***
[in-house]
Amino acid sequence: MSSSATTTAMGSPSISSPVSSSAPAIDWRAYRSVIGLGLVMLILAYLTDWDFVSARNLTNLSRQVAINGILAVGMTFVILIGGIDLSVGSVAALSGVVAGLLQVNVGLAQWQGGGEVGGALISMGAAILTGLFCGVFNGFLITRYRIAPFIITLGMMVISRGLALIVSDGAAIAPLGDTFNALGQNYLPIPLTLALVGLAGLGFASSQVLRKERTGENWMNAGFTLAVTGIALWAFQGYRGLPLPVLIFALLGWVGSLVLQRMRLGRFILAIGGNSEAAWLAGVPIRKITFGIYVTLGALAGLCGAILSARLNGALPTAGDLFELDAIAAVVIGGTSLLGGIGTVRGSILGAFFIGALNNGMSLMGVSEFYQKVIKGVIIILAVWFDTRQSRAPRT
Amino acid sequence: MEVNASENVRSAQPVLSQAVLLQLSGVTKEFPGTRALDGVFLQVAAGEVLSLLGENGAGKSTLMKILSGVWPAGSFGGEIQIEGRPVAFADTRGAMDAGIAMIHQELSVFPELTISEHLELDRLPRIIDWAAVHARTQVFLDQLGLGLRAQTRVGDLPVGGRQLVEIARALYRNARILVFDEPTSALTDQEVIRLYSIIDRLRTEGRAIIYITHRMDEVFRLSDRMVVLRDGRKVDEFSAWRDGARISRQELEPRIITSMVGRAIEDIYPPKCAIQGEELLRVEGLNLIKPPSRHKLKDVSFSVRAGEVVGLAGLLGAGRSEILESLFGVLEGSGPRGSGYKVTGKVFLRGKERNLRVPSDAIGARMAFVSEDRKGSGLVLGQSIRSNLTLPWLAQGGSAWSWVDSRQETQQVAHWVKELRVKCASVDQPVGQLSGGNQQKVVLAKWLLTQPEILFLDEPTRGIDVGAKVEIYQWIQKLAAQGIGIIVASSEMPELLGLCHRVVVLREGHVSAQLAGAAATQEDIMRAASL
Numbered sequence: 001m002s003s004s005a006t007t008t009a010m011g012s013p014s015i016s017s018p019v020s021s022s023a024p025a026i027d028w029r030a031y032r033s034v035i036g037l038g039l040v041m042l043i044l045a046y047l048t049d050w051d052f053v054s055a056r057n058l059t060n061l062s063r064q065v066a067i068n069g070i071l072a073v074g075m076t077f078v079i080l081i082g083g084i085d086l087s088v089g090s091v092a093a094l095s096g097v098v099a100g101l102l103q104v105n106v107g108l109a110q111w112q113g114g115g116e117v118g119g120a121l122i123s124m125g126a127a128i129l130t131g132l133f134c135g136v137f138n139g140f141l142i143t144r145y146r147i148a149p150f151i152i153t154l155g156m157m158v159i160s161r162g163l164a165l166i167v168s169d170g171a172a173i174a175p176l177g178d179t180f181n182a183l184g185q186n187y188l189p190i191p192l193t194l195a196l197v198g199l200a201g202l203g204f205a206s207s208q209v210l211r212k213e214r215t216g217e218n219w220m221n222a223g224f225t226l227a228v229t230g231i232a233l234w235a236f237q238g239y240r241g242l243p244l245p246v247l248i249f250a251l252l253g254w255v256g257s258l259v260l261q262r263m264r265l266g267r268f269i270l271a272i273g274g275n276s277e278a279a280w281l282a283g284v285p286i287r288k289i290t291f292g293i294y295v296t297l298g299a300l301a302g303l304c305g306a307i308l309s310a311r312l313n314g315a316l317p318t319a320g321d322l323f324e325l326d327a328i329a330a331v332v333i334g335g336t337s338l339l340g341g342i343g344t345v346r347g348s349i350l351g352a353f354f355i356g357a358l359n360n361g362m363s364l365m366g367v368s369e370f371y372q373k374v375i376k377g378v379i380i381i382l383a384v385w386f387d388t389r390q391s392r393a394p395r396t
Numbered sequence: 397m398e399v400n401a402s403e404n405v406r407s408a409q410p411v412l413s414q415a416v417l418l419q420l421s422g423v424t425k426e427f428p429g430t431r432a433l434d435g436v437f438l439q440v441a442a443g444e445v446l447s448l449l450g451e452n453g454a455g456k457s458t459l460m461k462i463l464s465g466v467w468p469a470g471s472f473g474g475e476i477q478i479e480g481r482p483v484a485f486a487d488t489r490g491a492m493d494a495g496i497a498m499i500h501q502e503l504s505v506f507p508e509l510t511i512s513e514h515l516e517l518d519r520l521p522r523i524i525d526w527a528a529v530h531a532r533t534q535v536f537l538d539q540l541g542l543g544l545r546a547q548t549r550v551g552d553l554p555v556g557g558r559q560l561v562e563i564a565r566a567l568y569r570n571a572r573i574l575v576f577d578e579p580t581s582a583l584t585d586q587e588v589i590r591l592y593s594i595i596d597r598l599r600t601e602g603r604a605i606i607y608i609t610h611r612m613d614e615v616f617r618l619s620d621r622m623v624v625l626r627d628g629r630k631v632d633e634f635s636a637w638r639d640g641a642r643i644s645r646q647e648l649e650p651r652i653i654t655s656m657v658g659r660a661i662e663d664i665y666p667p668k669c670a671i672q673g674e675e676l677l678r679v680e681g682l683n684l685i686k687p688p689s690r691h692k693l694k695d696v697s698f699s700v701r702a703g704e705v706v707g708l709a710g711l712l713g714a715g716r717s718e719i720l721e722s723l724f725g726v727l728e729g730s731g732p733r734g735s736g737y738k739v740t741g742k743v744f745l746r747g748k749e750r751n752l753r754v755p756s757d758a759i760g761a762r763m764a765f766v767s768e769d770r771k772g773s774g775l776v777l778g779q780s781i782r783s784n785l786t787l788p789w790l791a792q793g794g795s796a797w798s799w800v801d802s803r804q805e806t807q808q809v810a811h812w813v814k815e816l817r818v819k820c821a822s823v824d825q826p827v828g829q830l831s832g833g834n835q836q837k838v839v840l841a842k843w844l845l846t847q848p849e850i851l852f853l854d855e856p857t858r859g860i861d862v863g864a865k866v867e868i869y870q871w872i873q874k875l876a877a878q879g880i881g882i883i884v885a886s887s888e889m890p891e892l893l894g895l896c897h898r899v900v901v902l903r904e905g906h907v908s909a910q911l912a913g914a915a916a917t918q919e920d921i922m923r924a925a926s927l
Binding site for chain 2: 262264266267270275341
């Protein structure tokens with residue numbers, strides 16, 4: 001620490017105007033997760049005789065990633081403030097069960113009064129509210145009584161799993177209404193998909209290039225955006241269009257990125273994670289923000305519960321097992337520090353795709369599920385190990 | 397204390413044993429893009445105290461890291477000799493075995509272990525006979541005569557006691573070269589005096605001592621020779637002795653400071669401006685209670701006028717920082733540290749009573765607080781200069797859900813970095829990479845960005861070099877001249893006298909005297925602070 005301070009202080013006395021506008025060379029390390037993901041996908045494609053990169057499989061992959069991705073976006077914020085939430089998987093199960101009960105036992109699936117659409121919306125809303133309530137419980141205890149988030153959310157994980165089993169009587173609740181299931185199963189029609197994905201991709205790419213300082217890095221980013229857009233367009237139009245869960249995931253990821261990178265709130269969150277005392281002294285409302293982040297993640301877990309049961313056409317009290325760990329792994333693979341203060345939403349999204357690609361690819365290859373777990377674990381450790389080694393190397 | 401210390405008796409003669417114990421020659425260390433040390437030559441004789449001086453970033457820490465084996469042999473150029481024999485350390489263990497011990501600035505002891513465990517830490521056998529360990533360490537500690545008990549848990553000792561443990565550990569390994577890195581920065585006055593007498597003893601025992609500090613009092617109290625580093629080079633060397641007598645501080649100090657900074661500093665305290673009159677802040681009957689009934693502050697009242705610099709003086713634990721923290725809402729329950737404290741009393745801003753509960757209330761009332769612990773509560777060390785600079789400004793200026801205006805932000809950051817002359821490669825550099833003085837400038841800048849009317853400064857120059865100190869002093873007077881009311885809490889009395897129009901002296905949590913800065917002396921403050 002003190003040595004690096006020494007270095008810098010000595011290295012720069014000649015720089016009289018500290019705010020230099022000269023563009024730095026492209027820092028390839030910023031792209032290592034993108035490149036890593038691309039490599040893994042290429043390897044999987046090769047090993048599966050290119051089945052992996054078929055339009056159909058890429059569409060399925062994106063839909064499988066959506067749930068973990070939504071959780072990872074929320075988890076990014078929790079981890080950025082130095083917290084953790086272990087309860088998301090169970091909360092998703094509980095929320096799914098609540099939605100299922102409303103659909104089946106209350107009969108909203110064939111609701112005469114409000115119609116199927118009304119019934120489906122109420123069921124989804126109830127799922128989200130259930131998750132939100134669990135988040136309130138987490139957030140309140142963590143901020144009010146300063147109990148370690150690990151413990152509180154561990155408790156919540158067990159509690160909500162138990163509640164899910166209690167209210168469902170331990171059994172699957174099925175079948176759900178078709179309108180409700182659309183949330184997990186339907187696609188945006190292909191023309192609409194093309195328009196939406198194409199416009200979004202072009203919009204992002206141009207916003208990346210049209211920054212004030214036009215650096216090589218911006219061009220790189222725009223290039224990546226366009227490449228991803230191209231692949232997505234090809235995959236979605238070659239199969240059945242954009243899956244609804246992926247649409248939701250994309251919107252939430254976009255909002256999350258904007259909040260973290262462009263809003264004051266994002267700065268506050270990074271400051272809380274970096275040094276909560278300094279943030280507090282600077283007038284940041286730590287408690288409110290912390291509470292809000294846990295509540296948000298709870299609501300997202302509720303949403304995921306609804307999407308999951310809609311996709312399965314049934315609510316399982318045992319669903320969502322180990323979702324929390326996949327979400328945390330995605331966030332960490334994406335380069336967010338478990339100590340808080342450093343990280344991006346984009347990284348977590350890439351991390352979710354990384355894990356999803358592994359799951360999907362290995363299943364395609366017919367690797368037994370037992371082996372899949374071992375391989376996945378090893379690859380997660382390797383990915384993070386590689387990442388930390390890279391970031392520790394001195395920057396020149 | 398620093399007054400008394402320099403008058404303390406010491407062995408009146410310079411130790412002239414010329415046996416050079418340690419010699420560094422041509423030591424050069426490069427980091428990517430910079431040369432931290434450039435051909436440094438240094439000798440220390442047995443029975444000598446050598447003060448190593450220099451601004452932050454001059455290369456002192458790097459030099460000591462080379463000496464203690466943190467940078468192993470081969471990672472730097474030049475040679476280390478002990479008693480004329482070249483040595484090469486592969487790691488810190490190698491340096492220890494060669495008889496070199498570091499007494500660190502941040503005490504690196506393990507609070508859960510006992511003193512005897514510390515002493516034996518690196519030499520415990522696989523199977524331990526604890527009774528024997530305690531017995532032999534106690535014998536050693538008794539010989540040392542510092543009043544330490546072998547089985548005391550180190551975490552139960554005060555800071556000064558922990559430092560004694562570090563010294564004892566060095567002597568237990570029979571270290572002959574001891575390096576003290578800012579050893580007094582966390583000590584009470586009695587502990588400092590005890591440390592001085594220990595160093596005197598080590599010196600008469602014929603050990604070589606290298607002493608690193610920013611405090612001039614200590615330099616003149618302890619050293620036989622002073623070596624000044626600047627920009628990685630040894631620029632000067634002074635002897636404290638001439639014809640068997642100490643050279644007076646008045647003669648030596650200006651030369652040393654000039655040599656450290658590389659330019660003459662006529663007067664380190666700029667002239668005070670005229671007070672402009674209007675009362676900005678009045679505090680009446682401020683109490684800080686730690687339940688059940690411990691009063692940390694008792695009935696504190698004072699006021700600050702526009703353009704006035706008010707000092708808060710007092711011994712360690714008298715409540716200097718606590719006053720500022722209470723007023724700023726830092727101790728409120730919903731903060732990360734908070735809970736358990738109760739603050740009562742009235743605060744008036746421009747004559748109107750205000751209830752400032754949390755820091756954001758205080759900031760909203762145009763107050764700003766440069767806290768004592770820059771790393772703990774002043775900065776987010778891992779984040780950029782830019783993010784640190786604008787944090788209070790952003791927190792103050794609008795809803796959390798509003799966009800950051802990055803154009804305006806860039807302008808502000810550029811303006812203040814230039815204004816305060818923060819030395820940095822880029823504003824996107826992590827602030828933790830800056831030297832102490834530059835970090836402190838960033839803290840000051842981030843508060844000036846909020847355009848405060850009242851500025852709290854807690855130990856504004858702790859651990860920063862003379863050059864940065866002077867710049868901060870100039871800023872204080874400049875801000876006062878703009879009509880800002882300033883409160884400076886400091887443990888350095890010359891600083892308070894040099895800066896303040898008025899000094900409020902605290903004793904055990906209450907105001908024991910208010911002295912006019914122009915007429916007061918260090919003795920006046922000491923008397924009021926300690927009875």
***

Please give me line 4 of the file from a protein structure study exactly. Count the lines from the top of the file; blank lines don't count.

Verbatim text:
Numbered sequence: 001m002s003s004s005a006t007t008t009a010m011g012s013p014s015i016s017s018p019v020s021s022s023a024p025a026i027d028w029r030a031y032r033s034v035i036g037l038g039l040v041m042l043i044l045a046y047l048t049d050w051d052f053v054s055a056r057n058l059t060n061l062s063r064q065v066a067i068n069g070i071l072a073v074g075m076t077f078v079i080l081i082g083g084i085d086l087s088v089g090s091v092a093a094l095s096g097v098v099a100g101l102l103q104v105n106v107g108l109a110q111w112q113g114g115g116e117v118g119g120a121l122i123s124m125g126a127a128i129l130t131g132l133f134c135g136v137f138n139g140f141l142i143t144r145y146r147i148a149p150f151i152i153t154l155g156m157m158v159i160s161r162g163l164a165l166i167v168s169d170g171a172a173i174a175p176l177g178d179t180f181n182a183l184g185q186n187y188l189p190i191p192l193t194l195a196l197v198g199l200a201g202l203g204f205a206s207s208q209v210l211r212k213e214r215t216g217e218n219w220m221n222a223g224f225t226l227a228v229t230g231i232a233l234w235a236f237q238g239y240r241g242l243p244l245p246v247l248i249f250a251l252l253g254w255v256g257s258l259v260l261q262r263m264r265l266g267r268f269i270l271a272i273g274g275n276s277e278a279a280w281l282a283g284v285p286i287r288k289i290t291f292g293i294y295v296t297l298g299a300l301a302g303l304c305g306a307i308l309s310a311r312l313n314g315a316l317p318t319a320g321d322l323f324e325l326d327a328i329a330a331v332v333i334g335g336t337s338l339l340g341g342i343g344t345v346r347g348s349i350l351g352a353f354f355i356g357a358l359n360n361g362m363s364l365m366g367v368s369e370f371y372q373k374v375i376k377g378v379i380i381i382l383a384v385w386f387d388t389r390q391s392r393a394p395r396t